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Charly

Within the first couple minutes of Charly, one of the main characters undergoes a profound personality change. The movie first shows Sam Roberts (Jeremy Elliott, The Singles Ward, Brigham City) playing basketball with his father. He looks like an ordinary, normal person, disturbed by the fact that his dad is setting him up with his boss' daughter. Then, at the airport, he meets Charly (Heather Beers, an almost Amanda Peet clone), and he has somehow turned into an uptight nerd. He dresses stuffily, coddles his PDA, and borders on being a geek. What happened? The movie never explains. Charly, based on the novel by Jack Weyland, is short on plot, so it tries to cram two stories into one. Both are formulaic of romances. The first is how two complete opposites who really hate each other will slowly fall in love. The second...well, let's just say that little pain may be a little more than what it seems.

The other difference is that Charly is the latest Mormon movie. This means that everything is more wholesome than it would be in a secular movie. Like most other Mormon movies, there is an amateurish sense about the whole thing, but director Adam Thomas Anderegg (The Touch) and adapter Janine Whetten-Gilbert are earnest enough (kind of like they are in their own little world) that Charly isn't as bad as it could be. The fact that one character is Mormon is the only original thing going on in the film. Charly is everything Sam is not. She is free-spirited, spontaneous, fun, and most of all, alive. His demeanor instantly turns him off, but for some reason, she finds his steadfastness refreshing. The two begin spending time together, and inexplicably begin dating. Charly eventually decides to covert to Sam's religion, and the relationship moves on from there.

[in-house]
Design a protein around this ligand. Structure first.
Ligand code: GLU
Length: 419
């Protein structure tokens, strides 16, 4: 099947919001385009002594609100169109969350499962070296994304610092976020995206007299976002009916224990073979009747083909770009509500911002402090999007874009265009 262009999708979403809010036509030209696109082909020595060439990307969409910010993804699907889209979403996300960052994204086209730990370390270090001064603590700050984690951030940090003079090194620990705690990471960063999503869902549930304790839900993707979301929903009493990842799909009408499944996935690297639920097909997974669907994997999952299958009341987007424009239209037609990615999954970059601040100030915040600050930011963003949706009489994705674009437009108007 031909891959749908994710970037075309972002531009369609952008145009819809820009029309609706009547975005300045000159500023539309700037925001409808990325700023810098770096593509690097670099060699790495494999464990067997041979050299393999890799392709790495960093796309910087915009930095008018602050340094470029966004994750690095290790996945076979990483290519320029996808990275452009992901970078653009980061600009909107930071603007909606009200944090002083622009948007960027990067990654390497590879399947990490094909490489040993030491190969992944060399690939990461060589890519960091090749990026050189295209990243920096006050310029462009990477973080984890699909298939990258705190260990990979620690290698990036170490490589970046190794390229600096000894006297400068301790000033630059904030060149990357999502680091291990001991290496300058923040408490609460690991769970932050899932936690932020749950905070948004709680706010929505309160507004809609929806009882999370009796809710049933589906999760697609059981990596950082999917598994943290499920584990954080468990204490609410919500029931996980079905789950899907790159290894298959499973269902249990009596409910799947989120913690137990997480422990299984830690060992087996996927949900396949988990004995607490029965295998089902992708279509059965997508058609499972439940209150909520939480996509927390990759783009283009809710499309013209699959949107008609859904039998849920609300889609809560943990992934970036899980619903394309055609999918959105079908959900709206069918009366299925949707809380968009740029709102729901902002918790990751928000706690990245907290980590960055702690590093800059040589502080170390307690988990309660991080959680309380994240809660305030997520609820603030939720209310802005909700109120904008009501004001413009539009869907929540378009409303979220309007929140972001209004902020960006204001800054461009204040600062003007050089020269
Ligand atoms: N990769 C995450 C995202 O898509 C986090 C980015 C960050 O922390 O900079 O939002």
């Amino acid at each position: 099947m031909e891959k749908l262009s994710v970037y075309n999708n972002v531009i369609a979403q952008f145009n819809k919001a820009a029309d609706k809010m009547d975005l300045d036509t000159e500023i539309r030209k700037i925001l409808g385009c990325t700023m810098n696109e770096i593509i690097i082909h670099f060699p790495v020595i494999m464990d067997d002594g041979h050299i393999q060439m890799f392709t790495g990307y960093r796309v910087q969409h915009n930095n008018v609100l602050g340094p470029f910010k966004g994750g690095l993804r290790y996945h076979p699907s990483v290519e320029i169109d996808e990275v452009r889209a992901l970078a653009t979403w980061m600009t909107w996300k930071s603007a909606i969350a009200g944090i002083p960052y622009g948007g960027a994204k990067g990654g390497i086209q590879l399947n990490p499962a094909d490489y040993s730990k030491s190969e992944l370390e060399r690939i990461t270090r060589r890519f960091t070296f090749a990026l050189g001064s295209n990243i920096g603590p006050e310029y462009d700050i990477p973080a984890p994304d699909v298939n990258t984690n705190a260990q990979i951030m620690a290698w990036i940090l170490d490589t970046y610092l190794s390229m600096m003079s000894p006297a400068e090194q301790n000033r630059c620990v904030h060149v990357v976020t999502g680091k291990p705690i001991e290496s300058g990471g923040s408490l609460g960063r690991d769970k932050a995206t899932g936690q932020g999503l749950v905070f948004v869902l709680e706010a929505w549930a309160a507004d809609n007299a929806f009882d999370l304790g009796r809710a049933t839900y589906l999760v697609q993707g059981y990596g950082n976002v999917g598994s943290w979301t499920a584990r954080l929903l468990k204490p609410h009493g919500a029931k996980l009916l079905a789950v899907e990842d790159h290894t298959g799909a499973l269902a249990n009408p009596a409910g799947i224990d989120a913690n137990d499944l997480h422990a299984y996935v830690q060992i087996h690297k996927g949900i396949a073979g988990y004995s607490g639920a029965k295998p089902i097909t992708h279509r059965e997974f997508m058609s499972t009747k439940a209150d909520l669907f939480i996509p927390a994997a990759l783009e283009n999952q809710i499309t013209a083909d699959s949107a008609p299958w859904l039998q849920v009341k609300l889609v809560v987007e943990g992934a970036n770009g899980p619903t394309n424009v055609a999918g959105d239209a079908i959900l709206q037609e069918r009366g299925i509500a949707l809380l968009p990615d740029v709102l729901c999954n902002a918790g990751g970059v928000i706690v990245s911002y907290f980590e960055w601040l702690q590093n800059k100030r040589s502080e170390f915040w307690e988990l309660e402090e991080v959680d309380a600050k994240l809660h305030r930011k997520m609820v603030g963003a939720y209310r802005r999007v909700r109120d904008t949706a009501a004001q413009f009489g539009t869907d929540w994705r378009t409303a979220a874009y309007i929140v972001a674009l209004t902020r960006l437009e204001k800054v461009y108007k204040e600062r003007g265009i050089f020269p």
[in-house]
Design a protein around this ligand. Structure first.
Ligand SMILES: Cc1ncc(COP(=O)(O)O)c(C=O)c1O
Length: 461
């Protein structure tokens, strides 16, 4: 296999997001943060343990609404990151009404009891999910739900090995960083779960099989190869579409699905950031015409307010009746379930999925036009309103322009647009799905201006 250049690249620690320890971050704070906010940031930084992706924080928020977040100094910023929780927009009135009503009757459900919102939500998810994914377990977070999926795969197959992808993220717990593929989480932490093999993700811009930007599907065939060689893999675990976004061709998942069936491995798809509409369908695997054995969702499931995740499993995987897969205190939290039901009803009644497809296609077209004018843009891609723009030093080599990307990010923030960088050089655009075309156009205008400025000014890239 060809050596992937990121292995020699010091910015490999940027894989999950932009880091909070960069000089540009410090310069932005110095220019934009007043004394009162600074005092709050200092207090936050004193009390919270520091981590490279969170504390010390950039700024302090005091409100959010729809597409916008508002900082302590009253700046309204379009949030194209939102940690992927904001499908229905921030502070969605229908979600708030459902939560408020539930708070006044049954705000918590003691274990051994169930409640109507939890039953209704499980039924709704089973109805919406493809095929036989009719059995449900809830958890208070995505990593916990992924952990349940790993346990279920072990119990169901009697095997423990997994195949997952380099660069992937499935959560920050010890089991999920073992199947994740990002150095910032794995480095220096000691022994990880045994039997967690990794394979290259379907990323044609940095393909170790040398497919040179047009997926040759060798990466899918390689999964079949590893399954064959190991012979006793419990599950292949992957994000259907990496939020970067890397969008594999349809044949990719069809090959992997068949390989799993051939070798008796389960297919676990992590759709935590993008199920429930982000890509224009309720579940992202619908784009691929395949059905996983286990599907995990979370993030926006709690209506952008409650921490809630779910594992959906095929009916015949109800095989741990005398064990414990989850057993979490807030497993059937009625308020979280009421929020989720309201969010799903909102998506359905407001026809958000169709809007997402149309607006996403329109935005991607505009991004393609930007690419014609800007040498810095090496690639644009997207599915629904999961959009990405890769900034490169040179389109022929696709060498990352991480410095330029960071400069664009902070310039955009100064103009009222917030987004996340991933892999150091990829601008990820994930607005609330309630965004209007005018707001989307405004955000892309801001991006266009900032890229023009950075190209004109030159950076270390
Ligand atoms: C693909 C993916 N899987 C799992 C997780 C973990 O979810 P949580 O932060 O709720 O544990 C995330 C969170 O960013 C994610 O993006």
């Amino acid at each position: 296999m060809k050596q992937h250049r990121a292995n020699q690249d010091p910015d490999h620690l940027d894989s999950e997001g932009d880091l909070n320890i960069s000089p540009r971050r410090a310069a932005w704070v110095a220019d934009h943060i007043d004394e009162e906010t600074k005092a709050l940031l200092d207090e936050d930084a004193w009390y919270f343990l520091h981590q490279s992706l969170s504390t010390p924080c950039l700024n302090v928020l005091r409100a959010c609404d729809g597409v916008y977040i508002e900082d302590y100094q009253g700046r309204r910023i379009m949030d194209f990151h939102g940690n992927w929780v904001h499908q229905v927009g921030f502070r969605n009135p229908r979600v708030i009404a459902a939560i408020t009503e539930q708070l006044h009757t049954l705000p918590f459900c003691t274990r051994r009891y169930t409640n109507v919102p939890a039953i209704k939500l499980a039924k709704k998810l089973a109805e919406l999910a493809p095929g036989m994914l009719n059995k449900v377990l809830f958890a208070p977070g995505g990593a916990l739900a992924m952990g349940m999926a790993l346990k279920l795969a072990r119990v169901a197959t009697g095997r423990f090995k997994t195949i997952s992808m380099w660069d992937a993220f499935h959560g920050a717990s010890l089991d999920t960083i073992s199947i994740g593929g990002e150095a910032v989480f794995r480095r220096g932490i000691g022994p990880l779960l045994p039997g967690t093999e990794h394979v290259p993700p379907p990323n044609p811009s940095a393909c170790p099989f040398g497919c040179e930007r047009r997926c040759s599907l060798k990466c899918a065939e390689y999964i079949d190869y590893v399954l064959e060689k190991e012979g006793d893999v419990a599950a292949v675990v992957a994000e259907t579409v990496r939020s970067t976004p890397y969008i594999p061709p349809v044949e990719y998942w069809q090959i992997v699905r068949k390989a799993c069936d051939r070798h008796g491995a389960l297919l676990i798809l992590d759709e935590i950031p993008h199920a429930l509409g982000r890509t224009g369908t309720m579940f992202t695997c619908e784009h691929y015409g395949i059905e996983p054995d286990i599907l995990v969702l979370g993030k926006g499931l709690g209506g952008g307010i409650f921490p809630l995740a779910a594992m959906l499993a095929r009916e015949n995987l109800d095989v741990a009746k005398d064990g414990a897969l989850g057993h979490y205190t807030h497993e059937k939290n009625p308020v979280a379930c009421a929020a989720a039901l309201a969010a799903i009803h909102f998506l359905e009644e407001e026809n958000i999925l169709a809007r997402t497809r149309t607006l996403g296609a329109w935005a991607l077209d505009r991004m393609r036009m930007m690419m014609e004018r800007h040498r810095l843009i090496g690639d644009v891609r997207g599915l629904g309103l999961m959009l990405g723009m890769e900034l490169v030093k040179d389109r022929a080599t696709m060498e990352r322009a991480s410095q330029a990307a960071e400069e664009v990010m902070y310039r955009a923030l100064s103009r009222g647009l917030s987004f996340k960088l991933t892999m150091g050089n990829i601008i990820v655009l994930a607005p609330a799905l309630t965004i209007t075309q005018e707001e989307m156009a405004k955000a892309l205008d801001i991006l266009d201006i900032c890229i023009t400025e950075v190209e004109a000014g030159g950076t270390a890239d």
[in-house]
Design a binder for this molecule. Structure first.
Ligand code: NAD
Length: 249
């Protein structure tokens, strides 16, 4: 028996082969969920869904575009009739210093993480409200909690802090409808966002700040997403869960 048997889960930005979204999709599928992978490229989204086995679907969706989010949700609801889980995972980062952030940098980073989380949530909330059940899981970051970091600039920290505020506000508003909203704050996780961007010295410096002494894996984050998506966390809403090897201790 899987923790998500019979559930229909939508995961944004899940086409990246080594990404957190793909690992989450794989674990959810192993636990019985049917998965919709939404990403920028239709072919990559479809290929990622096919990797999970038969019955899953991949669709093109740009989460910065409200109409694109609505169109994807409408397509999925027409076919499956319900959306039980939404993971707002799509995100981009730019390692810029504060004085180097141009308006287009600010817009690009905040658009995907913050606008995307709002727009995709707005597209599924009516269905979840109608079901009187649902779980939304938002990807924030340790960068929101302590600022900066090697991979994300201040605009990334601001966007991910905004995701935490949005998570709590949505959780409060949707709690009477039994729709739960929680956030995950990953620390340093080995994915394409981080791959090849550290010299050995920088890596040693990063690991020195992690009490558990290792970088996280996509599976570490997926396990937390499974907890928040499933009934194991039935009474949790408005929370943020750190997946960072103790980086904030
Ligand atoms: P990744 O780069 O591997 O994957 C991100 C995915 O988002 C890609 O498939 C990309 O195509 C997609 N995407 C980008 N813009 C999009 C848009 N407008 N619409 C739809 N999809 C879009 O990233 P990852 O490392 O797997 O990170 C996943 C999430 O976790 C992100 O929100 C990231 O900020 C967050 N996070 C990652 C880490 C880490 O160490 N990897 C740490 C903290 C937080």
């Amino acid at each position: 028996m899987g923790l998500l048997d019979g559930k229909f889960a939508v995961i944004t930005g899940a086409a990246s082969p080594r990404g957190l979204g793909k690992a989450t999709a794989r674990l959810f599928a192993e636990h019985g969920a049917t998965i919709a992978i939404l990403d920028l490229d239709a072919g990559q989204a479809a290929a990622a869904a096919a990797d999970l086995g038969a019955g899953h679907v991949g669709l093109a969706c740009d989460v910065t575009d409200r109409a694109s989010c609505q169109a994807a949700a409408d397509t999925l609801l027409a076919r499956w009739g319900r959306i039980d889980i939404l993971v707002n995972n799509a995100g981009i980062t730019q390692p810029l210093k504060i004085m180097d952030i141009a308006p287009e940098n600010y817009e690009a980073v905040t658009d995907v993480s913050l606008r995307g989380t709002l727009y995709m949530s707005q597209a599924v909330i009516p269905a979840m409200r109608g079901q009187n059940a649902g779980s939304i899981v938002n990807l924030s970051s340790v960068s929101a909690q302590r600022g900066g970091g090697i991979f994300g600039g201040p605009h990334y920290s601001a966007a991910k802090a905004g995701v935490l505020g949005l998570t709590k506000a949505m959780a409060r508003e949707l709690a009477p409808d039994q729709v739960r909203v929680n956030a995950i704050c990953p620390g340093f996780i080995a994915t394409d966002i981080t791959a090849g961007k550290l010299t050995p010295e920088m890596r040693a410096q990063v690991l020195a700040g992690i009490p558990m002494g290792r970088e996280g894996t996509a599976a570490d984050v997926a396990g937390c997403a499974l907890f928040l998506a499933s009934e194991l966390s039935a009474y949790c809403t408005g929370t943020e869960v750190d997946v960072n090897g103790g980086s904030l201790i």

So although Charly is now going to church, she still apparently meets no other men. Surely there are available men who are just as devout as Sam if not more personable. And Charly's parent lives in Utah but seem to be bewildered about the entire Mormon religion. The portrayal of Sam is not much better. He lives in his own little world, where he doesn't seem to acknowledge the fact that all people are not necessarily like him. When Charly's past comes back to haunt her, Sam freaks out in a predictable and dull manner. The Charly character does gain some depth as she tones down and explores other facets of life, but the Sam character remains as flat as when the film introduces him. The religious overtones don't come on too strong until the latter half of the movie, but it's actually a distraction because of how dull Charly gets.

Mongoose Rates It: Okay.
1 hour, 43 minutes, Rated PG for thematic elements.

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